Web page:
It’s been well established that world-famous chef and restaurant impresario Wolfgang Puck can talk the talk. Chinois, a critically acclaimed fine-dining fusion restaurant located in Santa Monica, California is, in the estimation of many, proof that he can also “walk the wok.” So successful was his original Asian and French influenced fusion restaurant that he launched a branch within the confines of the people watching Mecca of the Forum shops at Caesar’s.
Prior to visiting Chinois, I read several reviews in which fulsome praise was lavished on the über celebrity chef’s Asian masterpiece. I’ve been accused of hyperbole, but compared to what I read about Chinois, my favorable reviews are understated. One reviewer proclaimed Chinois as “quite possibly the best restaurant in Vegas” while another described the menu as “a banquet of creative and flavorful tastes from beginning to end.” Some reviewers were even more profuse in their praise.
After reading several diatribes of effusive burble, my expectations were sky-high. Those expectations were hardly dashed when I arrived too early for a sushi bar one critic described as “super fresh.” Studying the lunch menu delivered the promise of an exciting meal even sans sushi–even though the menu listed fewer than ten appetizers and a like number of entrees.
Somewhat surprisingly, most of the entrees are fairly commonplace in Chinese restaurants: General Tso’s Chicken, Kung Pao Chicken, Pepper Beef and others. Surely these pedestrian entrees had to be prepared spectacularly well to earn the applause of seemingly every critic in Vegas.
A spectacular strawberry salad helped me understand why Puck is considered one of the pioneers of contemporary California cuisine which emphasizes the freshest locally grown ingredients. The salad greens had a crisp, garden-fresh taste while the strawberries were of equal parts sweet and tart. Crisp won tons and a tangy (but not overpowering) ginger vinaigrette adorned the salad.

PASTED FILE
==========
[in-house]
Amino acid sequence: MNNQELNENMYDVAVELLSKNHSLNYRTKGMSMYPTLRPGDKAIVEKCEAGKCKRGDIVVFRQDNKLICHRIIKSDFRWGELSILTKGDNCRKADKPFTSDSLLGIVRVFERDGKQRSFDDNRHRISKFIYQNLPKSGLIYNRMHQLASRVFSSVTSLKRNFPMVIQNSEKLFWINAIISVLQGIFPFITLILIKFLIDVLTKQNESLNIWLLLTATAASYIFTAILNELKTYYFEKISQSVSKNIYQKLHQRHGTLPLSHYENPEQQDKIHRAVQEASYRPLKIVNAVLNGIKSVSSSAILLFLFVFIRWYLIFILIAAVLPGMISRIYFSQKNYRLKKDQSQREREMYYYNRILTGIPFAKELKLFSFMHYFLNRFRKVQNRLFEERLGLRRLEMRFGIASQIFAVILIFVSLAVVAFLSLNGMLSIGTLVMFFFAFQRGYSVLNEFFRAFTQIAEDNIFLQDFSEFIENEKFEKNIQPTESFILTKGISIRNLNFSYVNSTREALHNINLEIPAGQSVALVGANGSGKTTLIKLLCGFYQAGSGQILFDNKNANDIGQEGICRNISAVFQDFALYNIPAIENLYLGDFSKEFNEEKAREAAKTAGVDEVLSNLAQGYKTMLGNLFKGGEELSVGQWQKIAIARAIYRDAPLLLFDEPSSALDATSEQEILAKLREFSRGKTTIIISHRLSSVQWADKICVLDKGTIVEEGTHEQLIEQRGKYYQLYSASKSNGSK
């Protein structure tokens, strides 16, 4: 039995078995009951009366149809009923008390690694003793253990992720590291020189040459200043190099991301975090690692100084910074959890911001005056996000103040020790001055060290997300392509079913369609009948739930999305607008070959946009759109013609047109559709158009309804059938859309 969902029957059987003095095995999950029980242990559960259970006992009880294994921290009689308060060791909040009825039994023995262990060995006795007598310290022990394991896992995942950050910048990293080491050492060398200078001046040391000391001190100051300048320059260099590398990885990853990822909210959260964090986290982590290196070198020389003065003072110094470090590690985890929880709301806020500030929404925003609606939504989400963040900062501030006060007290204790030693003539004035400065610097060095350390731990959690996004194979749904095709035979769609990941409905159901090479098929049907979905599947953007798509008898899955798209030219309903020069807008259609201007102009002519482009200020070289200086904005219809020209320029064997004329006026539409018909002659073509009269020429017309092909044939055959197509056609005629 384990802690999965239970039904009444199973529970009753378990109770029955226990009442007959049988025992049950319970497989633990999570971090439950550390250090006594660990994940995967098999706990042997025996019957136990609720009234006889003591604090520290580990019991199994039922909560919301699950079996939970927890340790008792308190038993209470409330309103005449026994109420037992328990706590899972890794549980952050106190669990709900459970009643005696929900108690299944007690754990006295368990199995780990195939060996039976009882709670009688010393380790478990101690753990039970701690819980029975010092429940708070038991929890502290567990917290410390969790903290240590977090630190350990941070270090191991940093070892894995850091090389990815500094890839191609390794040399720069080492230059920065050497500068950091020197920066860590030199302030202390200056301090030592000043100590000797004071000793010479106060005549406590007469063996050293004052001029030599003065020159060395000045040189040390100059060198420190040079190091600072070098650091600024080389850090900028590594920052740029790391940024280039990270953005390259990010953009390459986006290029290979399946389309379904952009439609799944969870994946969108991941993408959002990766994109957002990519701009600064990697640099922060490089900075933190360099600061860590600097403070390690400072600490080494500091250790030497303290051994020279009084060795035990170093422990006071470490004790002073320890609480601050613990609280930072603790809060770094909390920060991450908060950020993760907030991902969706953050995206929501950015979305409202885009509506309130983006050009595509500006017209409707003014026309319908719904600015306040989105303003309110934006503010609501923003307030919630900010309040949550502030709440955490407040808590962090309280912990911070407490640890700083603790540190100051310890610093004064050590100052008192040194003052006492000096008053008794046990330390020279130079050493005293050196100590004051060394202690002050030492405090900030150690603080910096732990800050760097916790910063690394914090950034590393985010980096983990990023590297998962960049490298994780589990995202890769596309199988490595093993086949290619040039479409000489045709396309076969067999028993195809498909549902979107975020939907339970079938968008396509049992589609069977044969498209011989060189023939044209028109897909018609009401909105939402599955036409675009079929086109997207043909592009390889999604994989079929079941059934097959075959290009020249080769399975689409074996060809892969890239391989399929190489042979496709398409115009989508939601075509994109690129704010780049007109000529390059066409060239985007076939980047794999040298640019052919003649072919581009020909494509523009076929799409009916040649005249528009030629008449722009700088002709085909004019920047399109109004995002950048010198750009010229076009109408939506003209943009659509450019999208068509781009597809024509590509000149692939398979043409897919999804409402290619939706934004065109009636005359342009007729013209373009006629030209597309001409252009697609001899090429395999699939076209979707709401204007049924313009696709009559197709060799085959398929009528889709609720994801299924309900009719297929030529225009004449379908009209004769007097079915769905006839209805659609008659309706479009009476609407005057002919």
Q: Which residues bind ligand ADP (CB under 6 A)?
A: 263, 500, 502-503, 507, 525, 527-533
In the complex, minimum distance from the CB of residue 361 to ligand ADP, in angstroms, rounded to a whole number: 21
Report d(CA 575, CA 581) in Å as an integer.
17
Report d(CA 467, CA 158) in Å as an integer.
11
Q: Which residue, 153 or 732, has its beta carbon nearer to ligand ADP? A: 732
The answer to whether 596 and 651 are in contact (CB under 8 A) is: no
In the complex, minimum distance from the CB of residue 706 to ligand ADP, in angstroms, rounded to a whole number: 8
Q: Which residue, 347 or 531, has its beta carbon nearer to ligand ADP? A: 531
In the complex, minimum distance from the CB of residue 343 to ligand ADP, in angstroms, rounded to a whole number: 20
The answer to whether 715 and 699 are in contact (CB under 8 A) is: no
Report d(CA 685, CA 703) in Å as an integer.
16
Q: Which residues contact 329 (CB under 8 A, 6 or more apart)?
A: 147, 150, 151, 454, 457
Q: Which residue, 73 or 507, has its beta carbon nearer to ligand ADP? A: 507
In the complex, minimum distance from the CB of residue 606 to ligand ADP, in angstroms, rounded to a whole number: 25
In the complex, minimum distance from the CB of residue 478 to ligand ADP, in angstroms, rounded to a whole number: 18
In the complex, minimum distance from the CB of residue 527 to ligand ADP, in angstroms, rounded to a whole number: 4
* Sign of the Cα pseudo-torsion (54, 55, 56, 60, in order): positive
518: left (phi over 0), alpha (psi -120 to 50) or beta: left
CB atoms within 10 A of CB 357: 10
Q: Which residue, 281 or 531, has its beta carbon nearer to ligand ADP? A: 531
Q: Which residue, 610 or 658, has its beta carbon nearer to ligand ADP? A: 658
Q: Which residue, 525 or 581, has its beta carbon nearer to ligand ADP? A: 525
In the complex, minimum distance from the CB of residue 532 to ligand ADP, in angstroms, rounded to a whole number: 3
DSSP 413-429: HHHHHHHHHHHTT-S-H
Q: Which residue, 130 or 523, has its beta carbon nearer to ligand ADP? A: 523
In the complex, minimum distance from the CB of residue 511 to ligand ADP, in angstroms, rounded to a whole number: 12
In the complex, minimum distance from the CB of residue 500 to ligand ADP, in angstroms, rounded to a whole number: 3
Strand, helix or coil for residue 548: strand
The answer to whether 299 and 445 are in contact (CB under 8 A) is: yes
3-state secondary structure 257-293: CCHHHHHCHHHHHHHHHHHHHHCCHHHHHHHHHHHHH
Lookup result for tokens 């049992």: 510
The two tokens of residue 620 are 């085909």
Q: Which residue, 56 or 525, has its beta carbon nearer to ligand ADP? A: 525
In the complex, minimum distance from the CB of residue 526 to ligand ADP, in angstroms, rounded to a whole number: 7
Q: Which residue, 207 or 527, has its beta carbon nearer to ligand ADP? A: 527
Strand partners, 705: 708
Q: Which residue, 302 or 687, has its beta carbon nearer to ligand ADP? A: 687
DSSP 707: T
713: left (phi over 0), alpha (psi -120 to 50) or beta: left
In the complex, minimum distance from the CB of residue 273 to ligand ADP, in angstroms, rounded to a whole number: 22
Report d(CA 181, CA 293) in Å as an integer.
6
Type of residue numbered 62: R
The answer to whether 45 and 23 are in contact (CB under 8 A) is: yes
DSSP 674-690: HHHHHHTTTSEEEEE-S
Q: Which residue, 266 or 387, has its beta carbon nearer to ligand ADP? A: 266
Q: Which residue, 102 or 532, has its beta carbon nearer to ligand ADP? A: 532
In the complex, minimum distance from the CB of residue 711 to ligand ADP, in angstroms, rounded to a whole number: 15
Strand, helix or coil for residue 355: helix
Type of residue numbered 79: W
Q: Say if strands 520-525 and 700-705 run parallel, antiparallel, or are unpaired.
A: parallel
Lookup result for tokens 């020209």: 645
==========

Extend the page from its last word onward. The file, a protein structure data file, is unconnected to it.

Alas, my entree of firecracker shrimp (shrimp, bok choy, water chestnuts, basil and a “spicy” sauce was as much a disappointment as the salad was a treat. Despite its nomenclature, the entree had the explosiveness of the most banal of fireworks–the snake (pellets which coil out like a black, ashen snake when lit). The shrimp was fresh and delicious, but the sauce was lacking.
Although my meal met with mixed results, the esthetics at Chinois are worth the price of admission to a museum. Several rare artifacts from around the world, a jewel-toned decor and an exhibition style kitchen combine to make the restaurant one of the most attractive in Las Vegas where most restaurants decorate to impress.
3500 Las Vegas Blvd. S
Las Vegas, NV
LATEST VISIT: 29 March 2006
# OF VISITS: 1
BEST BET: Strawberry Chicken Salad